>strips always get tangled at the bottom preventing the strips to take off
>against gravity. It seems as if they get strongly attracted to one of the
>supporting rods before repulsion would take them up. Usually I have to go
>about very slowly by carefully and slowly cranking the wimshurst to get
>the paper strips up into the 3D space and around to show the geometry of
>two opposite point charges.
>
>Anyway, if any of you guys encountered similar oddities I would like to
>know it.
>
>Sam when will you preset the next problem of the month-show? I am waiting
>for it, but I guess first we have to solve the present one ;-)
>
>Regards and all
>
>Urs
>
>Urs Lauterburg
>Physics demonstrator
>Physikalisches Institut
>University of Bern
>Switzerland
>
>
>>Urs,
>>
>> Your demo does sound very similar. That sheds a little light on
>> the subject. Sam has been quiet about this. You never told us your
>> theory, Sam. Have you had any more time to experiment with it?
>>
>>
>>Jerry
>>
>>
>>At 02:10 PM 2/10/2007, you wrote:
>>>Jerry,
>>>
>>>I think this is pretty much what is going on here. Reading your
>>>explanation freed me to think it throughly through myself. We have a
>>>demo to demonstrate the behavior of an induced dipole in an
>>>inhomogeneous E-field. It's a small piece of wood about the size of a
>>>match which is suspended on a fine thread between a flat plate and a
>>>small metallic sphere much the same way Sam has hung his mylar stick.
>>>Applying a pure DC high voltage from a high voltage supply will first
>>>rotate the wood to align the induced dipole along the E-field. Then
>>>increasing the voltage further the stick is attracted towards the sphere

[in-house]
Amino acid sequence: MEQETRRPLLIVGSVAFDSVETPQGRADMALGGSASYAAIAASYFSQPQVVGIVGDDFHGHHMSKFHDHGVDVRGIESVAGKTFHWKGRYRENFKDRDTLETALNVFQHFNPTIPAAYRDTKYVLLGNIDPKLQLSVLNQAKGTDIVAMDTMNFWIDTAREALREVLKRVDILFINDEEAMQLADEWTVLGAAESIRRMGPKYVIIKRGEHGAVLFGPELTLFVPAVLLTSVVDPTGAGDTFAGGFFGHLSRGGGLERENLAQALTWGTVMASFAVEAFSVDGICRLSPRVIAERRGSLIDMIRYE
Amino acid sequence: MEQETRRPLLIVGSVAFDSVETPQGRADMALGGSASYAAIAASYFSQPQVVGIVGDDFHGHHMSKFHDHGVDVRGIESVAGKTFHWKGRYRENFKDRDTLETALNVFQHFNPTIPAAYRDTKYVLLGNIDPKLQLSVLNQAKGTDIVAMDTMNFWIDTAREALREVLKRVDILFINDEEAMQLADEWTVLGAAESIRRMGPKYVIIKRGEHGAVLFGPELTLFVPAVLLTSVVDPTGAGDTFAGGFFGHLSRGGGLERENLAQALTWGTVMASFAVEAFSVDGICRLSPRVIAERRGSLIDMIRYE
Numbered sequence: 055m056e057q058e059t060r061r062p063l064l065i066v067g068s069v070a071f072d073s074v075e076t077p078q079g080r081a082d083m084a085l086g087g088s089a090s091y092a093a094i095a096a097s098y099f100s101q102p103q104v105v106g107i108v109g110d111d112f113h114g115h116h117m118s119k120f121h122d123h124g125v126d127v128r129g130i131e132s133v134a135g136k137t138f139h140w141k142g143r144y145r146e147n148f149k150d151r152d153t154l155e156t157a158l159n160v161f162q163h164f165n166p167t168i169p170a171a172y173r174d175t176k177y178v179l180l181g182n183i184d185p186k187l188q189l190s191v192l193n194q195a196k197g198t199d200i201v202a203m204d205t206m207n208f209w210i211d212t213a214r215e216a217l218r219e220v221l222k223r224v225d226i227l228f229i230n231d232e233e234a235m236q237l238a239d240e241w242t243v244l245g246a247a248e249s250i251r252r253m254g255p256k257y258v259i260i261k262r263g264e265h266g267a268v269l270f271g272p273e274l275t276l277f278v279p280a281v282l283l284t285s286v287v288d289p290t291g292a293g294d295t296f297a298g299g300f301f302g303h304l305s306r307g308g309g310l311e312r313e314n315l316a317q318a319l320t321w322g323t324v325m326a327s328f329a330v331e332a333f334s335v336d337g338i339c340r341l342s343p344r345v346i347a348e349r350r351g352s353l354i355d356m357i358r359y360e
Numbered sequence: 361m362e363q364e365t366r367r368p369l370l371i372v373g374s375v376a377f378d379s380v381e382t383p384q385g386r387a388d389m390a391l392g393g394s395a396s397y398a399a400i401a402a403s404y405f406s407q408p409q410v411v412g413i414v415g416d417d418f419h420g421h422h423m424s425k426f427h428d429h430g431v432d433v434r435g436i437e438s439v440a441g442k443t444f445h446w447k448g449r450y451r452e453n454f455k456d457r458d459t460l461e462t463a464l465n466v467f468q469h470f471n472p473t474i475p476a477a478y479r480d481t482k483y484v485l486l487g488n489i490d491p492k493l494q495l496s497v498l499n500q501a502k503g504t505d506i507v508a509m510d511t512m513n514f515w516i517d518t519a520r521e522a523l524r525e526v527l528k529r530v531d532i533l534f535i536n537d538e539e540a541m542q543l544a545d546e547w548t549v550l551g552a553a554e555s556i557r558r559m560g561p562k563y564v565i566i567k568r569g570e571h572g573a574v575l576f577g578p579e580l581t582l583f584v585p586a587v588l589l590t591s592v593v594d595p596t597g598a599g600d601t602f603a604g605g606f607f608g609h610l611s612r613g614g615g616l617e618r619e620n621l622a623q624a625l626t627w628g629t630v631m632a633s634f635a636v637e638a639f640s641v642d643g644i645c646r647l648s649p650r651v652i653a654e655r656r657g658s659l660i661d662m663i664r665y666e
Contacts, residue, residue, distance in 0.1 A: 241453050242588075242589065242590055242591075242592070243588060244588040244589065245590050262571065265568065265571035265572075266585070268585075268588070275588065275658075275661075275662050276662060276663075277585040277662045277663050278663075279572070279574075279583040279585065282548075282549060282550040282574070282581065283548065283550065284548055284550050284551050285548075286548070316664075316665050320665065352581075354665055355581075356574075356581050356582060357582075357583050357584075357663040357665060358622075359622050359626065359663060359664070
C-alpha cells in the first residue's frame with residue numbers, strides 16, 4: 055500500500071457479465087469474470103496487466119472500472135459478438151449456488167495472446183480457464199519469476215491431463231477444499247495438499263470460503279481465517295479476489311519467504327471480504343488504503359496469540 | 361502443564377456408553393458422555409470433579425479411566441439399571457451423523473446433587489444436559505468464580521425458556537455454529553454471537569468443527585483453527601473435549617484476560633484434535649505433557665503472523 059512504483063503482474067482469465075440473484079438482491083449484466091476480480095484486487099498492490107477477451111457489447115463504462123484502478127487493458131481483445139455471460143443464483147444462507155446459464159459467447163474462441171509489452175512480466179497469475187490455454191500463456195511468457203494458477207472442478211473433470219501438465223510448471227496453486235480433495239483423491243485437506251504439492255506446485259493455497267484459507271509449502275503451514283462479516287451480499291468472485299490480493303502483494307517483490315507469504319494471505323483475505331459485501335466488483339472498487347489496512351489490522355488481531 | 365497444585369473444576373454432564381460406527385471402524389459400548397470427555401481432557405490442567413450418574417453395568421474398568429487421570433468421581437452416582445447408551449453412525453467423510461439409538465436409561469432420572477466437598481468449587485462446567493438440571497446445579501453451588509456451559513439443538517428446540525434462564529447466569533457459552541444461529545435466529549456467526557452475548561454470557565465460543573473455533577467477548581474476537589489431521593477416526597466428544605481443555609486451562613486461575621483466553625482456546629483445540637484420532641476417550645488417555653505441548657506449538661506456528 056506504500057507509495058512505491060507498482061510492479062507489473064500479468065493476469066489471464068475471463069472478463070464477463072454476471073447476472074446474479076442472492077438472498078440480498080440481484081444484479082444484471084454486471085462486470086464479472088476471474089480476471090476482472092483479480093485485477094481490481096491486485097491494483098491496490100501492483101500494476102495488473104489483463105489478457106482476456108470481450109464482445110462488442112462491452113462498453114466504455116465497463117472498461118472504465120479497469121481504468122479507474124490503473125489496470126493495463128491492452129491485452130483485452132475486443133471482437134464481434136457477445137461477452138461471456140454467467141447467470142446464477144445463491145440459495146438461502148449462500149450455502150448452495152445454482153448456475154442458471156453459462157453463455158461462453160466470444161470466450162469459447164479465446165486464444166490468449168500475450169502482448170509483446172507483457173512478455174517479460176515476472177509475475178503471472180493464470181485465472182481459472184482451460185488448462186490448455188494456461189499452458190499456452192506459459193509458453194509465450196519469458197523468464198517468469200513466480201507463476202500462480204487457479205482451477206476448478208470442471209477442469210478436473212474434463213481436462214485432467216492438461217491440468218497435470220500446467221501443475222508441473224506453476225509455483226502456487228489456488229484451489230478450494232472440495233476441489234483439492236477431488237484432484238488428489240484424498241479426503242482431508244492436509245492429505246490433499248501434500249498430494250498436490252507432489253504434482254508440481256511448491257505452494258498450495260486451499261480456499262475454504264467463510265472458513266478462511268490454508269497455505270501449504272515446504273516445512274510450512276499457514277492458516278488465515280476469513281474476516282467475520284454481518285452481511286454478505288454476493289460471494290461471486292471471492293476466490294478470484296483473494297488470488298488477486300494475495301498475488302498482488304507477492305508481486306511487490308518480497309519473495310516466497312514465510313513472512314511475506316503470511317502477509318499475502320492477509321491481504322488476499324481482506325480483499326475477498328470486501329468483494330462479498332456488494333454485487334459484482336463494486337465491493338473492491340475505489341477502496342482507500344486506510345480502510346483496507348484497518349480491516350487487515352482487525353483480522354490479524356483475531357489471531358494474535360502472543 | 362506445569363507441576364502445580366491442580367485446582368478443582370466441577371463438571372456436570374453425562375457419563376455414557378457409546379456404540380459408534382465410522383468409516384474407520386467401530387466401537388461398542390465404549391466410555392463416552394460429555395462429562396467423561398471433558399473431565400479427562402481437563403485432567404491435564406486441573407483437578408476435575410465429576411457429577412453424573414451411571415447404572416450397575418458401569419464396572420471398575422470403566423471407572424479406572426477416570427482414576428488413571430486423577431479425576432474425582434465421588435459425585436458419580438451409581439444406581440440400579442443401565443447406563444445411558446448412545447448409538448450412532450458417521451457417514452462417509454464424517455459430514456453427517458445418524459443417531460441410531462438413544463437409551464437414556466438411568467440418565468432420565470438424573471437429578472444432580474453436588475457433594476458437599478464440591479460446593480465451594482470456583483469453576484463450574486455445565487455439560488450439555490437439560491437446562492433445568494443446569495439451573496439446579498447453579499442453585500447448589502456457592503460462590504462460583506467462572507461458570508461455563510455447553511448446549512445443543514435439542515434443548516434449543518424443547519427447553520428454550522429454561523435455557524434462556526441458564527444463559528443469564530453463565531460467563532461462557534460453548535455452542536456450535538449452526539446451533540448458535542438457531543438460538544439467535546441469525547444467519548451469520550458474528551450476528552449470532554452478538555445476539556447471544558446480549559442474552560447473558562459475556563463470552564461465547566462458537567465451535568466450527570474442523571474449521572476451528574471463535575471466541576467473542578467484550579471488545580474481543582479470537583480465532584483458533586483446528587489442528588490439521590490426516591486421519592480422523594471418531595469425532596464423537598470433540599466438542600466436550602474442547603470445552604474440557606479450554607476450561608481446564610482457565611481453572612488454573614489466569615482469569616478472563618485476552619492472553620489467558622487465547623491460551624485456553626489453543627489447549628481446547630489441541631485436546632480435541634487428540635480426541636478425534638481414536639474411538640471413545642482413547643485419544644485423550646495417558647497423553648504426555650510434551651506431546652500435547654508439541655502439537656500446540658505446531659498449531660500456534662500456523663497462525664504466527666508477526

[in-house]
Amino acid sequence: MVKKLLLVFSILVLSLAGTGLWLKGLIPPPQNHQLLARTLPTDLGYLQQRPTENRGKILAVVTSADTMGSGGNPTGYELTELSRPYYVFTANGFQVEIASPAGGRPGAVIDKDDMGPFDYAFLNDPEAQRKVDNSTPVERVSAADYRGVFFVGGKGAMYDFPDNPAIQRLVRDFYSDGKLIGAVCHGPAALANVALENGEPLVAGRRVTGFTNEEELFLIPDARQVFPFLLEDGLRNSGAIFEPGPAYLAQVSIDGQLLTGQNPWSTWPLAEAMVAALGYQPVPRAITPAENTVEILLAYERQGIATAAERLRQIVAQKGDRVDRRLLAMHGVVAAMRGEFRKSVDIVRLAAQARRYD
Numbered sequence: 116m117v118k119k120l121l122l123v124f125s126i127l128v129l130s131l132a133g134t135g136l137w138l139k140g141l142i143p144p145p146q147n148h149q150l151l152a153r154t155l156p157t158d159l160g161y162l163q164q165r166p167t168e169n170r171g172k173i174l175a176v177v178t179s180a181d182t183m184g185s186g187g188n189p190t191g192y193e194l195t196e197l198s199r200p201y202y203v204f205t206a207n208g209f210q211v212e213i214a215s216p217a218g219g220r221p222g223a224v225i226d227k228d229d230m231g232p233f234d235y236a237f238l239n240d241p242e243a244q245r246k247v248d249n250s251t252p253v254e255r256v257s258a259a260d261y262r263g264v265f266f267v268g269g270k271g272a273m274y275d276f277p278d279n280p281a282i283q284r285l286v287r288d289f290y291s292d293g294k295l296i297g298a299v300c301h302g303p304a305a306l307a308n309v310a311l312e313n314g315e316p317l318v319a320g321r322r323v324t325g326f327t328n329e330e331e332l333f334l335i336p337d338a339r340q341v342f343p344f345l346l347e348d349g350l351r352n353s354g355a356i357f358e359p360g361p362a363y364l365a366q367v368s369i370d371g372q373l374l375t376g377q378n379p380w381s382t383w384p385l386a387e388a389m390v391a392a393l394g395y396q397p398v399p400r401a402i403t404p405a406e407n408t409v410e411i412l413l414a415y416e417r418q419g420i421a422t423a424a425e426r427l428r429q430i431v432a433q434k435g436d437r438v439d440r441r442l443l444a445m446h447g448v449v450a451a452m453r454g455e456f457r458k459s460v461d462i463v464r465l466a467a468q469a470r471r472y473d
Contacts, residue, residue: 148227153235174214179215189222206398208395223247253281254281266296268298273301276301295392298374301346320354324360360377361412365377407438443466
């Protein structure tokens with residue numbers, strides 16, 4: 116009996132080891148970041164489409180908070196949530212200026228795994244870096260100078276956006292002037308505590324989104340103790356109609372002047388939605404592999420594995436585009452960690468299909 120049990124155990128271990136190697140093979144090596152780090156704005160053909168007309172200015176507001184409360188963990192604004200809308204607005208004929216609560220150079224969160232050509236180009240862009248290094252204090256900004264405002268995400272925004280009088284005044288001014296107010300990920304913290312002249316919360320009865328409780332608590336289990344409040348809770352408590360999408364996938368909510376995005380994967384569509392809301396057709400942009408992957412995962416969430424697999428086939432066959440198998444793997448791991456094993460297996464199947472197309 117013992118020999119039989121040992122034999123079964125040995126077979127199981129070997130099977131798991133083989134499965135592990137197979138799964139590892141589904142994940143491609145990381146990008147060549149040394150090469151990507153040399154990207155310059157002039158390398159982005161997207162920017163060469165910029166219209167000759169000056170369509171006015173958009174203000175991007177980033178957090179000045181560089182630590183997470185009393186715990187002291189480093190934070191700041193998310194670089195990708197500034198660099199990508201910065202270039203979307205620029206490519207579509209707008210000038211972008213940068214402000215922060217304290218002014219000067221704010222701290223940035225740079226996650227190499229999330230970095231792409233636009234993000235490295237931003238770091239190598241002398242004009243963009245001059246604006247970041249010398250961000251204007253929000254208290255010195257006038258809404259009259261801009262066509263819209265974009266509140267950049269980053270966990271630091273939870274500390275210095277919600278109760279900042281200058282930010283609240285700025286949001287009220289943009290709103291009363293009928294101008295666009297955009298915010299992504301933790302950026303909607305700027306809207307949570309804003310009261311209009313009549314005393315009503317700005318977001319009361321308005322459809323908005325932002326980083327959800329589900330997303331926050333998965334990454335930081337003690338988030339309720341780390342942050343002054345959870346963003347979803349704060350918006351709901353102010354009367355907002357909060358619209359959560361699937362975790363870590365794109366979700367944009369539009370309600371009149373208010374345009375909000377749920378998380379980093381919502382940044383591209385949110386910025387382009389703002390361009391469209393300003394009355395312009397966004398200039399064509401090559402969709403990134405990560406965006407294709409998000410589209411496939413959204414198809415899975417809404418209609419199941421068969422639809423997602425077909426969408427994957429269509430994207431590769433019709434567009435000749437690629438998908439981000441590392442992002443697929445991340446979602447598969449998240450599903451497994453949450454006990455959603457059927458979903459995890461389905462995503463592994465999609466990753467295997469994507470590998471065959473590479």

>>>where the E-field is denser.
>>>
>>>However the wood is suspended in a way which does not allow the match to
>>>touch the sphere. Sometimes however when humidity is high enough it can
>>>happen that some charge is transferred to the wood to make it
>>>immediately ''jump'' away.
>>>
>>>Manipulating charge in material is indeed interesting and sometimes
>>>tricky theme.
>>>
>>>Thanks for the nice movie Sam and the towels for my tears. I specially
>>>like the background music ;-)
>>>
>>>Urs
>>>
>>>Urs Lauterburg
>>>Physics demonstrator
>>>Physikalisches Institut
>>>University of Bern
>>>Switzerland
>>>
>>>> Here is what I think is happening. The straw is initially drawn
>>>> to one plate by induction. As it nears, charge begins to leak off the
>>>> straw because the end is like a point. The charge leakage reduces the
>>>> inductive attraction, and the straw stops short of the plate in an
>>>> equilibrium position. When you stop cranking the Wimshurst, the
>>>> charge on the plates start dropping. When it drops below the threshold
>>>> voltage where the plate can draw charge off the straw, the straw is
>>>> drawn closer to the plate, again by inductive attraction, and touches
>>>> it. This could perhaps be tested by cranking the Wimshurst much
>>>> slower to keep the voltage below the threshold level. If that proves
>>>> difficult, maybe a variable HV supply would be better...
>>>>
>>>>Jerry
>>
>>
>><><><><><><><><><><><><><><><><><><><><><><><><><><><><><>
>>
>> Jerry DiMarco
>> Manager of Lecture Demonstrations and Instructional Labs
>> Montana State Univ., Physics Dept.
>> Bozeman, MT
>>
>>Our Motto: "What would your mother do?"
>